The Power in a Routine

I remember a time where I hated routines. The monotony of a routine and being predictable. So for me, every day would be different and I was determined to never fall into the trap of a schedule and become boring. It’s how I associated it. 

There was still a list of tasks to complete for each day, but I would do so depending on the how I was setup for  work for that day. I had a schedule for work that afforded me flexibility which was perfect in mirroring an unscheduled day. 


As time passed though, and maybe only now in my life do I see how critical a routine can be. Through the lockdown periods, to keep the mind in an ok state, I realised that a schedule to keep time occupied was crucial to have some semblance of what was remaining the same when so much around us was in a state of unpredictability.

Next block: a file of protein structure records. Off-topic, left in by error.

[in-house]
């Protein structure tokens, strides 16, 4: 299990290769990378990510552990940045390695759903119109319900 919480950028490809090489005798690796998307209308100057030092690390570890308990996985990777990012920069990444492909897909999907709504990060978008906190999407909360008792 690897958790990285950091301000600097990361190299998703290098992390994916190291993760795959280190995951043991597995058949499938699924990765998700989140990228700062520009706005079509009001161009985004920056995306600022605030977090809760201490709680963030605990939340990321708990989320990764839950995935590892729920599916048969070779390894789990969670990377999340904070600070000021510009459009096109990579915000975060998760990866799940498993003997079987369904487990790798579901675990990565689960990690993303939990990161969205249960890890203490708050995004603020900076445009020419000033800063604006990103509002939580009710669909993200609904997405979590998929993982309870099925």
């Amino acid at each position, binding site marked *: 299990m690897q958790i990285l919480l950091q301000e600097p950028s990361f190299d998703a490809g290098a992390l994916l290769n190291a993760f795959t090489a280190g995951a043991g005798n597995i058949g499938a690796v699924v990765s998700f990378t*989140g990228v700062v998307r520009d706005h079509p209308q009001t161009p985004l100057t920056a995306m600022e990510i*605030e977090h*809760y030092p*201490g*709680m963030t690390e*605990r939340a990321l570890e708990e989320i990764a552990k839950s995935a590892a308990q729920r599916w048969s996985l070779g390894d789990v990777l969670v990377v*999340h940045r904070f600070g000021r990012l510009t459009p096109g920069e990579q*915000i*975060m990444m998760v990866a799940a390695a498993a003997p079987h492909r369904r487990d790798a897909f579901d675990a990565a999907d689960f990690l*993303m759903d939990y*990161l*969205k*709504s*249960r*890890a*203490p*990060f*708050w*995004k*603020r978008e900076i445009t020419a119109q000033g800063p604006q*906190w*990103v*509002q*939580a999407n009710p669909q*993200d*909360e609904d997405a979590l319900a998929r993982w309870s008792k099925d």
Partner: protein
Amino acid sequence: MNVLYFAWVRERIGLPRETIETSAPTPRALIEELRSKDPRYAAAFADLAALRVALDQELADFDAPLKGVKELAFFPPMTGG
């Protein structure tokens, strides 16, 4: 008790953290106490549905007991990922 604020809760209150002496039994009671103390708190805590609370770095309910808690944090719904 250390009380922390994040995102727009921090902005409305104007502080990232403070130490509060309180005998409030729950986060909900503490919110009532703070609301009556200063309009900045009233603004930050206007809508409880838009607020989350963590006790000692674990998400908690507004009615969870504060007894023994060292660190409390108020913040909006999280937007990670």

I see it valid too, for people who are sick and house bound and uninspired to do anything. The simplest of tasks like having breakfast, brushing your teeth and making your bed can force you to pick yourself up and move, even if it’s a little. And while we may dread them, they start to form some structure for our day and help us decide or plan how the rest could loook. 


Repetitive behaviours are critical in resetting the mind and creating a life of success. The thought pattern is that the most successful people in the world maximise the hours of their day because they stick to a routine each day. And if something isn’t working, it is tweaked to allow for greater performance and output.